Climate change news, resources and funding for global health researchers
Global climate change is one of the most pressing environmental and public health concerns of the 21st century. Major human health impacts of climate change are anticipated to occur due to associated changes in the environment, such as direct effects from heat, sea level rise, changes in precipitation resulting in flooding and drought, more intense hurricanes and storms, degraded air quality, and increased exposure to toxic environmental pollutants including persistent organic pollutants, metals and pesticides. A better understanding of how climate change will directly and indirectly alter human health is critical to reduce or prevent illness and death.
Building on its decades of work to advance scientific knowledge about how climate change affects human health, in 2022 NIH announced it has established the $100 million
Climate Change and Health (CCH) Initiative to significantly scale-up research and action in this critical area. Fogarty has joined with seven NIH institutes and centers (ICs) on the partnership, which is being led by the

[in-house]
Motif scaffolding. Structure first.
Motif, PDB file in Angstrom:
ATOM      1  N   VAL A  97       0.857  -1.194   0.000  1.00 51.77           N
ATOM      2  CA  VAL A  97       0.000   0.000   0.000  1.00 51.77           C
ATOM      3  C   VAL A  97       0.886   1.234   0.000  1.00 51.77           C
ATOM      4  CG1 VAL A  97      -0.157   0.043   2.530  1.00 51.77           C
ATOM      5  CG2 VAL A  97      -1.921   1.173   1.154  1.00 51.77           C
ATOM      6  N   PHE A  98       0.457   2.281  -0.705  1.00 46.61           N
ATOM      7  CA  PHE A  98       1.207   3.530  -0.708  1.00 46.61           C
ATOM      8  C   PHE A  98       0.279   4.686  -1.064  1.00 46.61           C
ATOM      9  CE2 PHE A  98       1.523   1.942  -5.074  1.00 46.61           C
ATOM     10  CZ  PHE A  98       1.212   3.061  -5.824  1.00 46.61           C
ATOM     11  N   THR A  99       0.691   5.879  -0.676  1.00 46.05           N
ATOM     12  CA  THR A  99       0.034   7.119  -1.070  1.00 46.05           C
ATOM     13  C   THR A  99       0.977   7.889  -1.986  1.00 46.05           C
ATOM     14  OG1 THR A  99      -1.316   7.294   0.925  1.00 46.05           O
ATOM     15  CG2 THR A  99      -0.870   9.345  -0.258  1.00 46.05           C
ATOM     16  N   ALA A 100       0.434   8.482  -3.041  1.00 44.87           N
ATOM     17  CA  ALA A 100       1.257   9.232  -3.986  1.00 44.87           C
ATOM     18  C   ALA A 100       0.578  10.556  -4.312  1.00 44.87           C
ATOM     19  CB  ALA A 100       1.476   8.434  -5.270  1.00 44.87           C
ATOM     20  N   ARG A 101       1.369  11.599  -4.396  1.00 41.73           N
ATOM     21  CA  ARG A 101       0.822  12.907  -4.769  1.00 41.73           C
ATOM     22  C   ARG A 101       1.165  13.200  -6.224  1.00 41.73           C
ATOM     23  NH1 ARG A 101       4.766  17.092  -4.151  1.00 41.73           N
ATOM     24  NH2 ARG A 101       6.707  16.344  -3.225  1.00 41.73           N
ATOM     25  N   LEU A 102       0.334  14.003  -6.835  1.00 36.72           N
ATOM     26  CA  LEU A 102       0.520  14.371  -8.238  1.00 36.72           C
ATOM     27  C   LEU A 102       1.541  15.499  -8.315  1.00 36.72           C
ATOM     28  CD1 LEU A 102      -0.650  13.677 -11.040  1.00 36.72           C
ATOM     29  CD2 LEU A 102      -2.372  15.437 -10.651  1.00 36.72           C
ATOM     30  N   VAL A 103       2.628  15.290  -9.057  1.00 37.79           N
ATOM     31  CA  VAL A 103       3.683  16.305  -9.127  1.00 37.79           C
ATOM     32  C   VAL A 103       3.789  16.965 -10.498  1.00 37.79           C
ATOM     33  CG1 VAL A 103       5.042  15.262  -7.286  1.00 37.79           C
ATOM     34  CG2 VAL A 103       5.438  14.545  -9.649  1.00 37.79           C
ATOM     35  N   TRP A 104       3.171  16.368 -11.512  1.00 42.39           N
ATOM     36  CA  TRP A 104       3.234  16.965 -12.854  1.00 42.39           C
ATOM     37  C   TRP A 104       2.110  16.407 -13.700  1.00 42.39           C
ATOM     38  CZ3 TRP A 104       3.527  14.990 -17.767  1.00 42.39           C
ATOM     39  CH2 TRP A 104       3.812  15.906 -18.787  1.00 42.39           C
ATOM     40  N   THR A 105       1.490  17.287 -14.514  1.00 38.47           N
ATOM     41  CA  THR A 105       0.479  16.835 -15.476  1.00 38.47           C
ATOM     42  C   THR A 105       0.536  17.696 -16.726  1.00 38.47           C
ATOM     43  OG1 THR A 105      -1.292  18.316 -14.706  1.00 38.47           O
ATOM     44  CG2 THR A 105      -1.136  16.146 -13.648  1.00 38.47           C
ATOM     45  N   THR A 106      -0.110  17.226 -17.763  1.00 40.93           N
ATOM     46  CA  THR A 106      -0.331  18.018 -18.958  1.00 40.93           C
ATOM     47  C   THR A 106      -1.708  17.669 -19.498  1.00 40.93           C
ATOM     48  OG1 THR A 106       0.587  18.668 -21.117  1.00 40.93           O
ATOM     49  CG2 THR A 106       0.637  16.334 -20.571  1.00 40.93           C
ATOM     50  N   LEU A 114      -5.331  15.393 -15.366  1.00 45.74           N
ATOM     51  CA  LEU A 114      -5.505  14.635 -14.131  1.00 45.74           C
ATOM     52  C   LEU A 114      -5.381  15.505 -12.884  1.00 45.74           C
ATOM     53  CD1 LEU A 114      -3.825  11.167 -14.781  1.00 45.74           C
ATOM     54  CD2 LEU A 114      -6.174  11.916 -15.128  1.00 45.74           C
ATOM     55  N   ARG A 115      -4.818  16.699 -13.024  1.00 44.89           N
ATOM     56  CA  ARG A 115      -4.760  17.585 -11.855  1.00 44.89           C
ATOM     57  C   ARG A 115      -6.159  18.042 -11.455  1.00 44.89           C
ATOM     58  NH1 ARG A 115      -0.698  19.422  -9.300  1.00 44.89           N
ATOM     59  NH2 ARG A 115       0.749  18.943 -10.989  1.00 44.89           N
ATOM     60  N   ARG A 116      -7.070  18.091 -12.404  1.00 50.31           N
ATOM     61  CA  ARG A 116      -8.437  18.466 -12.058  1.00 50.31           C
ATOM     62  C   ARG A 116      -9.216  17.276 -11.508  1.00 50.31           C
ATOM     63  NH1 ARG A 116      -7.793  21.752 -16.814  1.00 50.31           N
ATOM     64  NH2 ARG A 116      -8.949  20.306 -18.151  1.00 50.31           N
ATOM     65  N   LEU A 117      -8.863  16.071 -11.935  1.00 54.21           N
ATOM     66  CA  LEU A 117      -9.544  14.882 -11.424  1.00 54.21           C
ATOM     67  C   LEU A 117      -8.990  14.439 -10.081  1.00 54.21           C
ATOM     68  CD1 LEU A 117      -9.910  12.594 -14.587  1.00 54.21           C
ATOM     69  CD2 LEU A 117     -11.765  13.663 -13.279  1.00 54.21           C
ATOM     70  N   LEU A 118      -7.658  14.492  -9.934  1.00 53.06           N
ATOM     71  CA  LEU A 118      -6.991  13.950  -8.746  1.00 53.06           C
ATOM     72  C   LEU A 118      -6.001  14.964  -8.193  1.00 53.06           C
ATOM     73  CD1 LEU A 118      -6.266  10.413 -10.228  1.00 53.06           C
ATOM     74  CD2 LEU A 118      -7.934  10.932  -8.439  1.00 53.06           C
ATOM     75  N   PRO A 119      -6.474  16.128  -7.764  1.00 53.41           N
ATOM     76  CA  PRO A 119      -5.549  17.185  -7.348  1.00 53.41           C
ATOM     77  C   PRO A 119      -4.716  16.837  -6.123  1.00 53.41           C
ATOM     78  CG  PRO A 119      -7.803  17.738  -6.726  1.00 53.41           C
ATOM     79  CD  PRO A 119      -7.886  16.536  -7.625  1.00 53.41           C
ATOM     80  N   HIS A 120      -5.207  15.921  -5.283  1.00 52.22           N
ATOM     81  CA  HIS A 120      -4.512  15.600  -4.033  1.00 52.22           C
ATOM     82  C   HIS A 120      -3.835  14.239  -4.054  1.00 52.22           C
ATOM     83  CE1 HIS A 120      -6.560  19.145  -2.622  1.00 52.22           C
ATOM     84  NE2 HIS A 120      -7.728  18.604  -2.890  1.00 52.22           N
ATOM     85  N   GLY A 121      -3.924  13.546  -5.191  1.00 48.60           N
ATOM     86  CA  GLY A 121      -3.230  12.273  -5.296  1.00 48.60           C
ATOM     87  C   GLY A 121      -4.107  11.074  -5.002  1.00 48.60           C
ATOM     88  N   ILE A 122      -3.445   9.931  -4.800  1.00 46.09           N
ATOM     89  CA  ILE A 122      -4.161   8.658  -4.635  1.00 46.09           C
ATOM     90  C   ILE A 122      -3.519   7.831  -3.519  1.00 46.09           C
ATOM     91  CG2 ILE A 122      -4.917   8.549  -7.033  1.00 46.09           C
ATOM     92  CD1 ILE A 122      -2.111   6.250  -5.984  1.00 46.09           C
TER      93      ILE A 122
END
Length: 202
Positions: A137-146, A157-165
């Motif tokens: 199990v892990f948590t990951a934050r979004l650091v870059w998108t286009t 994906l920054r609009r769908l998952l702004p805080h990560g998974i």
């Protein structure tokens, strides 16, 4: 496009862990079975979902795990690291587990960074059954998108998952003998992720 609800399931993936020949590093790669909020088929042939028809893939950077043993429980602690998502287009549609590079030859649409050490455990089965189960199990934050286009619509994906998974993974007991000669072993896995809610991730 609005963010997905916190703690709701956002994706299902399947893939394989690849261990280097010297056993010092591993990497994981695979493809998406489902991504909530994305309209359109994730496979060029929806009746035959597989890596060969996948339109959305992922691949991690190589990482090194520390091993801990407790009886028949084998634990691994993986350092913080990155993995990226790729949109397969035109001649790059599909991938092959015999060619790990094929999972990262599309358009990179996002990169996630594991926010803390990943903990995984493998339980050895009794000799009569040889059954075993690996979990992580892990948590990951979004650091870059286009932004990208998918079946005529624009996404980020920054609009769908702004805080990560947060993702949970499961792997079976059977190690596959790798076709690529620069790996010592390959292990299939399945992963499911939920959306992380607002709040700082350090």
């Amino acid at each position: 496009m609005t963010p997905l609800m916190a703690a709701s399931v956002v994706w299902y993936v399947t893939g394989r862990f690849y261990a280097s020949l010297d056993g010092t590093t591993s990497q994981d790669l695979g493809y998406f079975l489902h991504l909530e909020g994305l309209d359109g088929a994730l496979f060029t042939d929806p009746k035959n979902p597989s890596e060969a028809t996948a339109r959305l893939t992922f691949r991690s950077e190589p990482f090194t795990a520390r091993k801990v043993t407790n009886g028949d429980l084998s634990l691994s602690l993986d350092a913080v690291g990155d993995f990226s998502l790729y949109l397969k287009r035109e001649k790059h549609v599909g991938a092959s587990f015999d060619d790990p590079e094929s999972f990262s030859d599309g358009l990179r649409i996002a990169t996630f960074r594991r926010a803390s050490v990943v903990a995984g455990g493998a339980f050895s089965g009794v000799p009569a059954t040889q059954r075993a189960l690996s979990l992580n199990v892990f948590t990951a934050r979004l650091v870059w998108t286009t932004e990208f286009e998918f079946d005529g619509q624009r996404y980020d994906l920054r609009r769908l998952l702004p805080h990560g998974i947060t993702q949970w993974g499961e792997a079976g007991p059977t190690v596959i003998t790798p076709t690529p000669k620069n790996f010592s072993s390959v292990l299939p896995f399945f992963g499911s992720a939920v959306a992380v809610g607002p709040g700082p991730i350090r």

National Institute of Environmental Health Sciences (NIEHS).
Previously, NIH has studied this issue and in 2010 issued a report,
A Human Health Perspective on Climate Change [PDF, 4Mb], outlining research needs for eleven categories of consequences of climate change for human health, including asthma and respiratory disease, cancer, cardiovascular disease and stroke, foodborne diseases and nutrition, human developmental effects, mental health and stress-related disorders, neurological diseases, vector-borne and zoonotic diseases, waterborne diseases, and weather-related morbidity and mortality. At the same time, NIH developed the
Climate Change and Health: Assessing and Modeling Population Vulnerability to Climate Change program specifically devoted to climate change research and awarded an initial round of grants.
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Updated: April 29, 2022